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Saturday, 12 November 2011

The Euro Creating Penury for UK and Europeans

The Euro Currency: An Incompetent Disaster Creating Penury for Europeans

By Andrew Moffat.

“Euro-realists” have long warned of the dangers that would arise from the single currency. Simply put, different countries have evolved dissimilar economies. Those economies reflect varying economic models, trading patterns and infrastructures. They also function at diverse degrees of efficiency and are, to a significant extent, a product of their peoples.

The advent of the European currency has stripped the governments of the 17 member nations of their rights to determine their monetary affairs. By ‘monetary’ affairs, we mean the ability to set interest rates – usually via their Central Banks – and to determine the value of their currencies, usually via the markets.

The prevailing interest rate and the value of a currency, in general terms, reflect the health of a nation’s economy.

In recent years, the Bank of England has cut interest rates to record lows, currently at 0.5%. Sterling, the UK’s currency, has lost approximately 20% of its value, reflecting the condition of the UK economy and its yawning trade deficits. Had the UK joined the single currency in 2005, say, the UK’s interest rates would have been set by the European Central Bank (ECB) and would now stand at 1.25% – following the ECB’s recent cut. There would, moreover, have been no depreciation to Sterling; the UK economy would be locked into the value of the Euro currency, against which Sterling has devalued in recent years.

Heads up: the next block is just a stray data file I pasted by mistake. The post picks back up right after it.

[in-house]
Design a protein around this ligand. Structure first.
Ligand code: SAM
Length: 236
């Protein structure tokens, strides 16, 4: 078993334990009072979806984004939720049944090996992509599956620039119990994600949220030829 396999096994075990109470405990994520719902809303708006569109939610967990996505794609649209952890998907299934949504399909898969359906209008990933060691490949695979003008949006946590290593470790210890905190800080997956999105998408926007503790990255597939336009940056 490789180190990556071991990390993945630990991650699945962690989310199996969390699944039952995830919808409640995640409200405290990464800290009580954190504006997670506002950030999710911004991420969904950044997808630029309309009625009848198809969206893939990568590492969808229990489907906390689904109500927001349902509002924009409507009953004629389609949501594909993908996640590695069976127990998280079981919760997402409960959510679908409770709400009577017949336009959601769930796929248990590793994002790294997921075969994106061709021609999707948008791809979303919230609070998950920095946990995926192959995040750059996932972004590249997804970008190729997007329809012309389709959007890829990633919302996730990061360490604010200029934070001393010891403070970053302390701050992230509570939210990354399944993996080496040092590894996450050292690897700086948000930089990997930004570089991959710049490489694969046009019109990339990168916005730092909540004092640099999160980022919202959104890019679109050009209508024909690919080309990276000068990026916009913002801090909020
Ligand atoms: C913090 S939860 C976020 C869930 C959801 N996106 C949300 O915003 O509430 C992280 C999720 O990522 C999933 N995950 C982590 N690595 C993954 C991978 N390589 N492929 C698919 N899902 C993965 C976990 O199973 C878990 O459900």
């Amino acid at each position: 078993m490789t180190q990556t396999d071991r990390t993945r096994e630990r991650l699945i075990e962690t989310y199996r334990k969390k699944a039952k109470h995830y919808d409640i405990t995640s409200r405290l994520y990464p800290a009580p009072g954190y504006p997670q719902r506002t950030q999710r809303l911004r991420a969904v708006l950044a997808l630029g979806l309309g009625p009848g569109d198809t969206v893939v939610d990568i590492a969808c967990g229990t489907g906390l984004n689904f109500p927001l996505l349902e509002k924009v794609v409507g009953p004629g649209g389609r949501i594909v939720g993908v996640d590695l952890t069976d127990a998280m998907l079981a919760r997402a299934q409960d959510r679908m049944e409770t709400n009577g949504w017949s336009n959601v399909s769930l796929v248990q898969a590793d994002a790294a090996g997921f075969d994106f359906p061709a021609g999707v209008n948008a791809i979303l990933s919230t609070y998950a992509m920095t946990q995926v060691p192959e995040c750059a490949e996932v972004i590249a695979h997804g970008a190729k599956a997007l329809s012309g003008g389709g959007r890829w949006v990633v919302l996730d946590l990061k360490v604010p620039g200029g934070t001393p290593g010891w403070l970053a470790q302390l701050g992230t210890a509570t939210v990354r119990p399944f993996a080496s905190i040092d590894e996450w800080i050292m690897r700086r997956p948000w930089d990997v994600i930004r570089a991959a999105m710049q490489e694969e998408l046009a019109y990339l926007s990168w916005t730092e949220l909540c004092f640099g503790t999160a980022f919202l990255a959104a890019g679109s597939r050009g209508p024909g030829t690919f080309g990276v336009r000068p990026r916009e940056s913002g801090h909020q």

One of the principal difficulties afflicting the single currency, amongst the 17 nations who comprise the Eurozone, is differing rate at which the individual economies grow.

In general terms, the northern economies, particularly Germany, are dynamic and efficient. In the south, the reverse is generally the case: these economies are less dynamic and inefficient. As this gulf widens, so do the economic strains between the two blocs.

Up until the advent of the Euro currency and since the 1950s, the German economy has only ever revalued upwards its currency. By contrast, the southern member nations always devalued their currencies.

Such revaluations are no longer options. This means that as the German economy, for example, becomes more efficient, its exports grow more competitive on world markets. Unlike in the past, there is no mechanism by which an equilibrium can be reached, simply because there is no longer any Deutschmark which can be revalued.